Different ways of inspiring employees have been explored in two interesting, recent articles in the online business media. At Inc.com, two Stanford professors who teach a course on the use of humour in business argue that leaders who are capable of the odd joke here and there tend to build stronger, more creative cultures at their organisations – and even have greater flair for negotiations.
One of the lecturers, Professor Jennifer Aaker, tells the site: “We hear from young leaders about the incredible pressure of being the face of their organisation. Many struggle because they hold on to the false dichotomy between bringing humour [into the workplace] and taking your work seriously.” However, she points out: “The right balance of gravity and levity gives power to both.”
Her colleague Professor Naomi Bagdonas adds that humour can be “a gateway drug to broader aspects of authenticity and vulnerability”.
Over at The Conversation, though, another pair of academics contend that a basic, proactive mindset is missing from too many leaders’ toolkits and, as a result, they’re failing to inspire their staff into action. They write: “Our research suggests that truly proactive leadership is a rare bird. In one study, for example, we interviewed 75 chief executive officers in several countries, including the US, and asked them to tell us their work goals.”
They add: “Of the over 2,000 goals they mentioned, the vast majority were business-as-usual … such as ‘keeping customers,’ ‘surviving’ and ‘holding on to good employees’. Only a very few, such as ‘building a new factory,’ ‘finding a new international partner’ and ‘being a leader in changing how the marketplace works’ were notably proactive in ways that could dramatically change their companies’ trajectories.”
If leaders are worried that they are failing to inspire their staff, can humour help them out – or is it more of a distraction from weightier forms of management?
The Institute of Leadership & Management's head of research, policy and standards Kate Cooper says: “A sense of humour is often considered essential in so many areas – particularly relationships. How often do people cite a sense of humour as an essential characteristic that they want from someone when they are looking for a partner? In organisations, where we are dealing all the time with relationships, humour has a huge role to play in advancing communication and understanding.
“It relieves tense situations, and helps to transfer information. It can change the mood of a meeting. It can make dry topics or data come to life. It can make people relax. It can make people become more attentive. It can act as a buffer against stress. Sharing a joke with someone actually indicates that you have shared values, and are likely to trust them more.”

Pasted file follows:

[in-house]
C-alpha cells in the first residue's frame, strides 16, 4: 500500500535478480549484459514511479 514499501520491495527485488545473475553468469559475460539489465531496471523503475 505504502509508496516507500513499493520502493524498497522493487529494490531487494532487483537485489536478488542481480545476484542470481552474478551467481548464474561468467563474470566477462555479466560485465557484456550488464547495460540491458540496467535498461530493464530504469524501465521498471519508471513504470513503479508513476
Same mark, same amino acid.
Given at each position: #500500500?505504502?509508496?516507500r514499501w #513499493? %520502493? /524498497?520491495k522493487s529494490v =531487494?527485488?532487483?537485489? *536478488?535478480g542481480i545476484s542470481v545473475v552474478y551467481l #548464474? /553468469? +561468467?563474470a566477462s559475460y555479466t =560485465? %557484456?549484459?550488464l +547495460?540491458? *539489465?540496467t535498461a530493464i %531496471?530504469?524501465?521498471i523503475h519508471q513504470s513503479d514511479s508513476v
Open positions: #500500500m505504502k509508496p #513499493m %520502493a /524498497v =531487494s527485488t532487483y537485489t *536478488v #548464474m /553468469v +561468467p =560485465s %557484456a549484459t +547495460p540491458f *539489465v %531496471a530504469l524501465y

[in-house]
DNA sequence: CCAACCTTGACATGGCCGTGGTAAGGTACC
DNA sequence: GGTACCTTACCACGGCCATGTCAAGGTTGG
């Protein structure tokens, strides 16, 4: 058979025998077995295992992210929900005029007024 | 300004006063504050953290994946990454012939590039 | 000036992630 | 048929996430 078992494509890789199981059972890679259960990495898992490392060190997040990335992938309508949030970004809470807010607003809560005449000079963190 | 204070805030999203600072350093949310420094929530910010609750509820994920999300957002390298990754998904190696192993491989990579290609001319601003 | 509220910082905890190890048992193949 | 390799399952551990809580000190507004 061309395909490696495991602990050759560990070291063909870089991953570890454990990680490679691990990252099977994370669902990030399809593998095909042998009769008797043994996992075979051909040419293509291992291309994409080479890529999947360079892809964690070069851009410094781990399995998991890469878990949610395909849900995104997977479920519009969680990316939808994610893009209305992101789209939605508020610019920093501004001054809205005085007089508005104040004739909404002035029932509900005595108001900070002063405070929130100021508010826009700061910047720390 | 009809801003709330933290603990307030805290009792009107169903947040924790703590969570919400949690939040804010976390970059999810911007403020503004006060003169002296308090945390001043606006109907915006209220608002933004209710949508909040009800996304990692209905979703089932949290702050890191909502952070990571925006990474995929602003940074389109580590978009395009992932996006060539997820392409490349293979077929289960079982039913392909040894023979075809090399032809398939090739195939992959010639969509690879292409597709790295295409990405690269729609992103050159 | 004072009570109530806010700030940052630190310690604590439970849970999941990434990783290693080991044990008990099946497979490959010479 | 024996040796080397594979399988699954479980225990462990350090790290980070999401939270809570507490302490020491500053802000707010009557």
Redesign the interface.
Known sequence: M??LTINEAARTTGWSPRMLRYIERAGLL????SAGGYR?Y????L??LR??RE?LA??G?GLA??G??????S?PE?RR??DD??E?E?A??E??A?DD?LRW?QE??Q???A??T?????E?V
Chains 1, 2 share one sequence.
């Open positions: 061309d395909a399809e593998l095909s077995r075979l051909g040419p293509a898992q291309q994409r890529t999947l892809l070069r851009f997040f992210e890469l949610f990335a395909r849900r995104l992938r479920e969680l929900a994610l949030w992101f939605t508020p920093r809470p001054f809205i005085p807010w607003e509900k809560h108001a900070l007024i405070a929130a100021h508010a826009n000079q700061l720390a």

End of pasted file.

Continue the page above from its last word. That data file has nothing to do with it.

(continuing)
However, Cooper notes: “Of course, humour can be used really negatively – for example, it can very easily slip into bullying. We’ve found in our research on banter that being the recurrent butt of a joke doesn’t take long to get to the point where it just isn’t funny anymore. So it’s the successful use of humour that elicits these positive feelings. And when you can say to yourself, ‘It’s nice to be at work,’ then you are really experiencing the essence of inspiration.
So will humour inspire people – yes, if you know them well, and if you know what makes them laugh. Will it inspire people who don’t share your humour, or who think that work is altogether too serious? No.
She adds: “Ultimately, conveying inspiration is all about being authentic to yourself. Nothing is more infectious than enthusiasm, and there’s nothing more fun than people laughing together. The power of laughter in terms of team building – and I’ve seen it over and over again: groups that share jokes and share a sense of history; even a kind of folklore – become much more cohesive as teams when they’ve had those experiences. If you run any sort of team-building events, you often find that, years later, it’s the things that made those people laugh that still stand out for them.”
For further insights into the subject of inspiration, BOOK NOW for our upcoming Vision webinar with internationally successful sales and marketing consultant – and Institute chairman – John Gavin, set to take place from 5:00pm to 5:30pm on Wednesday 28 February